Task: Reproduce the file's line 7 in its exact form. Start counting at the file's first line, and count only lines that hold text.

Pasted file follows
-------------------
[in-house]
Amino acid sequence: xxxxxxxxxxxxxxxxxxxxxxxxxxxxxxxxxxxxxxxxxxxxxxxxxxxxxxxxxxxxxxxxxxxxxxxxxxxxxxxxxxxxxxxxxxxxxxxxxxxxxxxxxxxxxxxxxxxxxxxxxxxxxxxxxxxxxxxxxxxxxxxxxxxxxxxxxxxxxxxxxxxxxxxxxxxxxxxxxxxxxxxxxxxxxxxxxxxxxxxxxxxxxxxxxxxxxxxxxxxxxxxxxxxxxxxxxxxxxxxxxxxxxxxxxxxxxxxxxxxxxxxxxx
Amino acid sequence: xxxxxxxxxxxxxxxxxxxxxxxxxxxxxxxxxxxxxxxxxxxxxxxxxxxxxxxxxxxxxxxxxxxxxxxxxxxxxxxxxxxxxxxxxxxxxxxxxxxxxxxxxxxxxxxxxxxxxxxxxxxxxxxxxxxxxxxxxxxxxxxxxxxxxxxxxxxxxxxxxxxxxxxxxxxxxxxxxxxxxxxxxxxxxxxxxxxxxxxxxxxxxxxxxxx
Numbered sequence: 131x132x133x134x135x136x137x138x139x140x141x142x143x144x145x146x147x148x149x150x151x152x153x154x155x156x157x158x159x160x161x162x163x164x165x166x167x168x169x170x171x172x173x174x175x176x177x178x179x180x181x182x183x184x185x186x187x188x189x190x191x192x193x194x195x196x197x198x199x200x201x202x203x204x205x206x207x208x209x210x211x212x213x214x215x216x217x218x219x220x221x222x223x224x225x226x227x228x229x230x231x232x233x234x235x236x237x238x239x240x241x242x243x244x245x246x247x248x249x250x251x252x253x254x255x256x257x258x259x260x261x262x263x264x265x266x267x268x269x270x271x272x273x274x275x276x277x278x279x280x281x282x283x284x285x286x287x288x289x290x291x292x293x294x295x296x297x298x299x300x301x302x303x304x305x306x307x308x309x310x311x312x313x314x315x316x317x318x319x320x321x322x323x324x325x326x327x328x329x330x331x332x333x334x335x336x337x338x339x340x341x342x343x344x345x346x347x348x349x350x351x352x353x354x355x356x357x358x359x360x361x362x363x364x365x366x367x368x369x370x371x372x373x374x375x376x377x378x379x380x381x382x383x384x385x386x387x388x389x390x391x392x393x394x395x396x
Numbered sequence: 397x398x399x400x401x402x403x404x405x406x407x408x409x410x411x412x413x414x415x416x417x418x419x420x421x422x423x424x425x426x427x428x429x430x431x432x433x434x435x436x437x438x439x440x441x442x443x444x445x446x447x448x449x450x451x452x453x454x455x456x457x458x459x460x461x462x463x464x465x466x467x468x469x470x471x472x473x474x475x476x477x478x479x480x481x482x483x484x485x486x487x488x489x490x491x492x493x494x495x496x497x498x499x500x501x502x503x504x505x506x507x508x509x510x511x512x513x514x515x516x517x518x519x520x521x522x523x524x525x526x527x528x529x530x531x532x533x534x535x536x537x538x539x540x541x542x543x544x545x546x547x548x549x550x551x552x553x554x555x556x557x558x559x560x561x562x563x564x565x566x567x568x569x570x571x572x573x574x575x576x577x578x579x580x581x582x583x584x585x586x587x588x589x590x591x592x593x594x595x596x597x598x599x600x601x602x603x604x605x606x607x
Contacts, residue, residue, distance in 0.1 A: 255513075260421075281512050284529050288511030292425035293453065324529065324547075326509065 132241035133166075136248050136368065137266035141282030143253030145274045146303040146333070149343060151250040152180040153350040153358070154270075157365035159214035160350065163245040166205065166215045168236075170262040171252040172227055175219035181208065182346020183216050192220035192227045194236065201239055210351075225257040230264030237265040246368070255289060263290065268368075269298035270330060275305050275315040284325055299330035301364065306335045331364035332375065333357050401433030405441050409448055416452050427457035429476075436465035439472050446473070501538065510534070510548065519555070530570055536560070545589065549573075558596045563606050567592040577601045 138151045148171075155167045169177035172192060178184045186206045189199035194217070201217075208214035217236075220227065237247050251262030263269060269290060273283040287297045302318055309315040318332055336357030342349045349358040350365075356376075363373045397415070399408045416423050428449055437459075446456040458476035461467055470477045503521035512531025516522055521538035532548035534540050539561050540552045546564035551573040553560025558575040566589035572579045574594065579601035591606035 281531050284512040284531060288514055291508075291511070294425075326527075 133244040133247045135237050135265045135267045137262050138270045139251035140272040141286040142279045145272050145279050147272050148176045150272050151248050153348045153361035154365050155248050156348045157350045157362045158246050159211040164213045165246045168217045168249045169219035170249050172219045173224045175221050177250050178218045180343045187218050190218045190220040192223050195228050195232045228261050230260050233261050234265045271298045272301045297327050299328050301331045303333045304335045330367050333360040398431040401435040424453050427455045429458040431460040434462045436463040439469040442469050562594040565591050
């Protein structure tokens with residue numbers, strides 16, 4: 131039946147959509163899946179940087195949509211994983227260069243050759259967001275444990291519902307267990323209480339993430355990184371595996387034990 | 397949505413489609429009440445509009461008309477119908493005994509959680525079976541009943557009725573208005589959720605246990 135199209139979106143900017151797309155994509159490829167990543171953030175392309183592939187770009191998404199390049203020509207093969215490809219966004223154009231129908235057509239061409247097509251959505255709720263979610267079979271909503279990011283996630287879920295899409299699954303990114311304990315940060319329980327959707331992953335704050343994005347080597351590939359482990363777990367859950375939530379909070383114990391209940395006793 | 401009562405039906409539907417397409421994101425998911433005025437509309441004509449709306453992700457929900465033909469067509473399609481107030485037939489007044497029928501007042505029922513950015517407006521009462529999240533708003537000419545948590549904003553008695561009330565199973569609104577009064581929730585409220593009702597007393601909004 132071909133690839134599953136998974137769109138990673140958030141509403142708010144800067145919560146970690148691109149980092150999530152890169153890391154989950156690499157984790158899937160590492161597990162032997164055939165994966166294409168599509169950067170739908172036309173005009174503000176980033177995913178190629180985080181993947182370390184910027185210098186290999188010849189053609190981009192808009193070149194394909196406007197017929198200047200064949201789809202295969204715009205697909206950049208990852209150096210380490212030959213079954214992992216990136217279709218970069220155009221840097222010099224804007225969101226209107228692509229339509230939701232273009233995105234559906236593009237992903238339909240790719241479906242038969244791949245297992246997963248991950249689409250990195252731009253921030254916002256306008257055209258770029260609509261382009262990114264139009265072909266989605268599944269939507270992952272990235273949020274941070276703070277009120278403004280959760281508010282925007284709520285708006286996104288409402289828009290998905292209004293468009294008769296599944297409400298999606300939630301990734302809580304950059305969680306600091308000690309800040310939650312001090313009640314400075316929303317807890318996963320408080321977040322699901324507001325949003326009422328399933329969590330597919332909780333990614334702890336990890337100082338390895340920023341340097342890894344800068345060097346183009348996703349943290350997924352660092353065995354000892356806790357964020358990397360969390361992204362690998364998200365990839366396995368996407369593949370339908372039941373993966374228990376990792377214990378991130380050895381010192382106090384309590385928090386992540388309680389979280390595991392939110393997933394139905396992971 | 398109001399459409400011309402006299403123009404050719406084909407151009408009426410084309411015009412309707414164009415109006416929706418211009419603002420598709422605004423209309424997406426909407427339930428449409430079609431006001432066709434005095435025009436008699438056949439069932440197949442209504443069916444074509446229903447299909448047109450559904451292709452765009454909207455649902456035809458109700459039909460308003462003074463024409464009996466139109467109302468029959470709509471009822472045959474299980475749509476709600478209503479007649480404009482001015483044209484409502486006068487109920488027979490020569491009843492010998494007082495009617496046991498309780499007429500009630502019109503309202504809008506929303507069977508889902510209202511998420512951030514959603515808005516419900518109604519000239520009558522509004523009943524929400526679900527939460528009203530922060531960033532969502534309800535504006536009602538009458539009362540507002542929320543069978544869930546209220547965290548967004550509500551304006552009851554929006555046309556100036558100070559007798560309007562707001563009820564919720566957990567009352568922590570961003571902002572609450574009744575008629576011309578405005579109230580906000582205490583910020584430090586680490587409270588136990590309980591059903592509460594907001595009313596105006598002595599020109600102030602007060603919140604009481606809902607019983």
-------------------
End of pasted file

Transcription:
């Protein structure tokens with residue numbers, strides 16, 4: 131039946147959509163899946179940087195949509211994983227260069243050759259967001275444990291519902307267990323209480339993430355990184371595996387034990 | 397949505413489609429009440445509009461008309477119908493005994509959680525079976541009943557009725573208005589959720605246990 135199209139979106143900017151797309155994509159490829167990543171953030175392309183592939187770009191998404199390049203020509207093969215490809219966004223154009231129908235057509239061409247097509251959505255709720263979610267079979271909503279990011283996630287879920295899409299699954303990114311304990315940060319329980327959707331992953335704050343994005347080597351590939359482990363777990367859950375939530379909070383114990391209940395006793 | 401009562405039906409539907417397409421994101425998911433005025437509309441004509449709306453992700457929900465033909469067509473399609481107030485037939489007044497029928501007042505029922513950015517407006521009462529999240533708003537000419545948590549904003553008695561009330565199973569609104577009064581929730585409220593009702597007393601909004 132071909133690839134599953136998974137769109138990673140958030141509403142708010144800067145919560146970690148691109149980092150999530152890169153890391154989950156690499157984790158899937160590492161597990162032997164055939165994966166294409168599509169950067170739908172036309173005009174503000176980033177995913178190629180985080181993947182370390184910027185210098186290999188010849189053609190981009192808009193070149194394909196406007197017929198200047200064949201789809202295969204715009205697909206950049208990852209150096210380490212030959213079954214992992216990136217279709218970069220155009221840097222010099224804007225969101226209107228692509229339509230939701232273009233995105234559906236593009237992903238339909240790719241479906242038969244791949245297992246997963248991950249689409250990195252731009253921030254916002256306008257055209258770029260609509261382009262990114264139009265072909266989605268599944269939507270992952272990235273949020274941070276703070277009120278403004280959760281508010282925007284709520285708006286996104288409402289828009290998905292209004293468009294008769296599944297409400298999606300939630301990734302809580304950059305969680306600091308000690309800040310939650312001090313009640314400075316929303317807890318996963320408080321977040322699901324507001325949003326009422328399933329969590330597919332909780333990614334702890336990890337100082338390895340920023341340097342890894344800068345060097346183009348996703349943290350997924352660092353065995354000892356806790357964020358990397360969390361992204362690998364998200365990839366396995368996407369593949370339908372039941373993966374228990376990792377214990378991130380050895381010192382106090384309590385928090386992540388309680389979280390595991392939110393997933394139905396992971 | 398109001399459409400011309402006299403123009404050719406084909407151009408009426410084309411015009412309707414164009415109006416929706418211009419603002420598709422605004423209309424997406426909407427339930428449409430079609431006001432066709434005095435025009436008699438056949439069932440197949442209504443069916444074509446229903447299909448047109450559904451292709452765009454909207455649902456035809458109700459039909460308003462003074463024409464009996466139109467109302468029959470709509471009822472045959474299980475749509476709600478209503479007649480404009482001015483044209484409502486006068487109920488027979490020569491009843492010998494007082495009617496046991498309780499007429500009630502019109503309202504809008506929303507069977508889902510209202511998420512951030514959603515808005516419900518109604519000239520009558522509004523009943524929400526679900527939460528009203530922060531960033532969502534309800535504006536009602538009458539009362540507002542929320543069978544869930546209220547965290548967004550509500551304006552009851554929006555046309556100036558100070559007798560309007562707001563009820564919720566957990567009352568922590570961003571902002572609450574009744575008629576011309578405005579109230580906000582205490583910020584430090586680490587409270588136990590309980591059903592509460594907001595009313596105006598002595599020109600102030602007060603919140604009481606809902607019983």